When Monique stepped on stage to accept her Best Supporting Actress award at the Oscars, residents in California could hear the residents in New York. Polemics and cheers ruled the Twitterverse and before I could click that update button, a torrent of tweets flooded my timeline.
“Thanks. Exactly what we need, another award for playing a debilitating African American character.”
“Why can’t people just be happy for a person’s victory?”
“The world sees us a certain way, and as long as we play our “role”, we’ll continue to get rewarded like this.”
I was among the throng who was vocal about Monique’s “victory.” But then a bad case of deja vu struck: How many times will black people have this argument among ourselves while schools are still closing, the prison industrial complex inches upward and sexual transmitted diseases continue to ravage our community?
There’s a term for this: intellectual classism.
Many think of classism only in the corporeal sense. Money and status are the predominate prisms of how class is viewed in this country. Intellectual classism is not race dependent. Nor salary dependent. Nor gender dependent. Anybody of any sex of any race can and does exercise their right to assert mental superiority.
When it comes to the African-American community, the division between the “noble” and “commoners” are well-documented. Take for example: The Afristocracy and Ghettocracy. Money and educational level (in the degree sense) are basic determinants of admission into each.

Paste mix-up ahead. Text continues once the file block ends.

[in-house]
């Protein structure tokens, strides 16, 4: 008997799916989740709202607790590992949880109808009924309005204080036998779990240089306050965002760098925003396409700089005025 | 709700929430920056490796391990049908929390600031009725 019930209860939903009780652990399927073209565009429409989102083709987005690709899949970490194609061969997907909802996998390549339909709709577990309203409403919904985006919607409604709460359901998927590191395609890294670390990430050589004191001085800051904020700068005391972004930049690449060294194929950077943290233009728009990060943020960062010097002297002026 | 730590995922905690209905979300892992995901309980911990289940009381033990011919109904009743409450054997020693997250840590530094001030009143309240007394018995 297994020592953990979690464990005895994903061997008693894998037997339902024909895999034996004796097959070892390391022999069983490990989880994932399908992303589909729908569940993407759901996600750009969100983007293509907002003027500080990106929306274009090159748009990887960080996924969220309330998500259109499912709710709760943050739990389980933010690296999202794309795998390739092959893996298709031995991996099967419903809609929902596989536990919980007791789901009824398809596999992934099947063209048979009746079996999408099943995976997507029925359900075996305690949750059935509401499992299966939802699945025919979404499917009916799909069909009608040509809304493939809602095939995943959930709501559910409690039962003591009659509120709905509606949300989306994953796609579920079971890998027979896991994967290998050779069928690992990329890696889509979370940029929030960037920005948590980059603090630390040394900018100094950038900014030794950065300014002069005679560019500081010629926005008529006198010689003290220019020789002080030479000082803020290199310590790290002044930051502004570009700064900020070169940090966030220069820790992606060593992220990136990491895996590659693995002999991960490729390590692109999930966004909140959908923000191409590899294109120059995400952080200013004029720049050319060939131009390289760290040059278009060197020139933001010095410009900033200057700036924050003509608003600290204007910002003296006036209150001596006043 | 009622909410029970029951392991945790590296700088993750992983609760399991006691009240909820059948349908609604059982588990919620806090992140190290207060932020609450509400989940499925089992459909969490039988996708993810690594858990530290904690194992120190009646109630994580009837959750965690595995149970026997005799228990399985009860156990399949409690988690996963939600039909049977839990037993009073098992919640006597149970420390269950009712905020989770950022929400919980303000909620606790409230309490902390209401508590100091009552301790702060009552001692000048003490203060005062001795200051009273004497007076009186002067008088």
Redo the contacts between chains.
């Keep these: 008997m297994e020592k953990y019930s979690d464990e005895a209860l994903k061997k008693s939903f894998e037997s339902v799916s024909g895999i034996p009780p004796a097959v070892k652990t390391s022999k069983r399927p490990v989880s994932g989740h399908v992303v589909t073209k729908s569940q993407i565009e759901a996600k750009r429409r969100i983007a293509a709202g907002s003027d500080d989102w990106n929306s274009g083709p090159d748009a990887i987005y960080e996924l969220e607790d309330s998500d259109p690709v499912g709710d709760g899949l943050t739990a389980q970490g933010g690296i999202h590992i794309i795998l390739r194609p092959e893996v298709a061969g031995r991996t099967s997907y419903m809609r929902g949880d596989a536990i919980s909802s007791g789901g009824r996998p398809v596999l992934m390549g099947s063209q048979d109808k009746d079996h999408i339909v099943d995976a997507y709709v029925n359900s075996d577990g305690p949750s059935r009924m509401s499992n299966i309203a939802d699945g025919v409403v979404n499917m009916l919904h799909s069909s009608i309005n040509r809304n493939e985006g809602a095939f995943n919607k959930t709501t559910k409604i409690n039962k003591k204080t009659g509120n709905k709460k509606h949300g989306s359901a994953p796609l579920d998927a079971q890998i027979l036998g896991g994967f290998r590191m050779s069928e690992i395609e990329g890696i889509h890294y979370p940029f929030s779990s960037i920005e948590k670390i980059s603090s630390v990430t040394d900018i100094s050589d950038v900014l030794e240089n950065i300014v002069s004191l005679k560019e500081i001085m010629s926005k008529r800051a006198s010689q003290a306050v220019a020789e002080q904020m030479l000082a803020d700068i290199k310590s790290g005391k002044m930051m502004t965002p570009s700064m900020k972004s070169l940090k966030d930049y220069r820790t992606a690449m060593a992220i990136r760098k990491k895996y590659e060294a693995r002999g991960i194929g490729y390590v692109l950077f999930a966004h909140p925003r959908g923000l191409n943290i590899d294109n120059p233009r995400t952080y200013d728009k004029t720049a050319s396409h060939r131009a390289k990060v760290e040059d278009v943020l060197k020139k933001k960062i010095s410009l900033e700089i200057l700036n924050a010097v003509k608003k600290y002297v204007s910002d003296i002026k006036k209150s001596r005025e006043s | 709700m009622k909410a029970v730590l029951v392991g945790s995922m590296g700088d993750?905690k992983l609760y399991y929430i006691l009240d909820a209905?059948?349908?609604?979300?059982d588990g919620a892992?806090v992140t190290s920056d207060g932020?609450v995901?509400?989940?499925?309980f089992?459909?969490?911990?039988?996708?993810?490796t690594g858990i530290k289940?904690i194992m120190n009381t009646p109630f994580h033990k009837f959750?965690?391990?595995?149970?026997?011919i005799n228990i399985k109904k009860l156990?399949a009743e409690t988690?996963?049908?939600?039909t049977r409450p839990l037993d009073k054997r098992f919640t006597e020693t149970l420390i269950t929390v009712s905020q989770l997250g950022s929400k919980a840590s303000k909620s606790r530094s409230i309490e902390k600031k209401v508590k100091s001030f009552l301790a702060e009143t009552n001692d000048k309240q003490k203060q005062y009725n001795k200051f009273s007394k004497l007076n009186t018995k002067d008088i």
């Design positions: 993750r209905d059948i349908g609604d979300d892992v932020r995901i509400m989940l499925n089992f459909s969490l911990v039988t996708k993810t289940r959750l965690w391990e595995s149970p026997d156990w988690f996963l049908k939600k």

Afristrocratic thought can’t fathom why other black people can’t see beyond the trees; ghettocratic thought doesn’t understand why other black people can’t see the trees.
“Get educated. Help yourselves out.” says the Afristocracy.
“Get off your high horse and help change some of these conditions. Not everybody has access to your resources” says the Ghettocracy.
Imagine a child dealing with tumult everyday before going to school. Every day. That child is marginalized before he/she even steps out the house.
Years of being the minority and dealing with the fecal gravity of damaging policies from politicians and country runners tend to exacerbates a superiority – or inferiority – complex of ANY kind.
Did Monique’s recent Oscar acquisition perpetuate the notion that there’s always a place in Hollywood for the stereotypical black role? Well, it certainly didn’t change it.
Does Tyler Perry’s career encourage that same thought? One would argue that it does, while another would say that his films are reflective of certain segments of black culture, like the Cosby Show.
In the midst of this ideological battle, Haiti is still in tatters. Detroit is turning into mini-Beirut. Drugs are tearing apart a family near you (or possibly yours). Inner-city war zones, diseases, abortions, sedentary lifestyles are destroying the proliferation of healthy African-Americans.
The achievement gap is widening, yet, many of us are concerned with determining who is out-cooning who. I’ve shared similar thoughts and have even wrote pieces examining this intellectual class warfare. But then I’ve seen the eyes of a child who was walking to school after a snowstorm.
This child could give a damn about how nuanced Spike Lee’s films are or how morally upstanding a Republican senator is. She just wanted to know where her next meal will come from.
There’s nothing wrong with having debates on the media and entertainers and political agenda. We must, as Malcolm X reminded us, not confuse the methods with the objectives. Who are we leaving this world behind to? How many children will have to raise themselves while we’re participating in fruitless moral debates?
While the rest of the world is dealing with realities beyond the effects of coonery, many black people in America would rather puff about standards of behavior. Until we get tired of asserting our intellectual supremacy, progress will be merely a wish.
And all we will be left with is just a lot of vaporous words.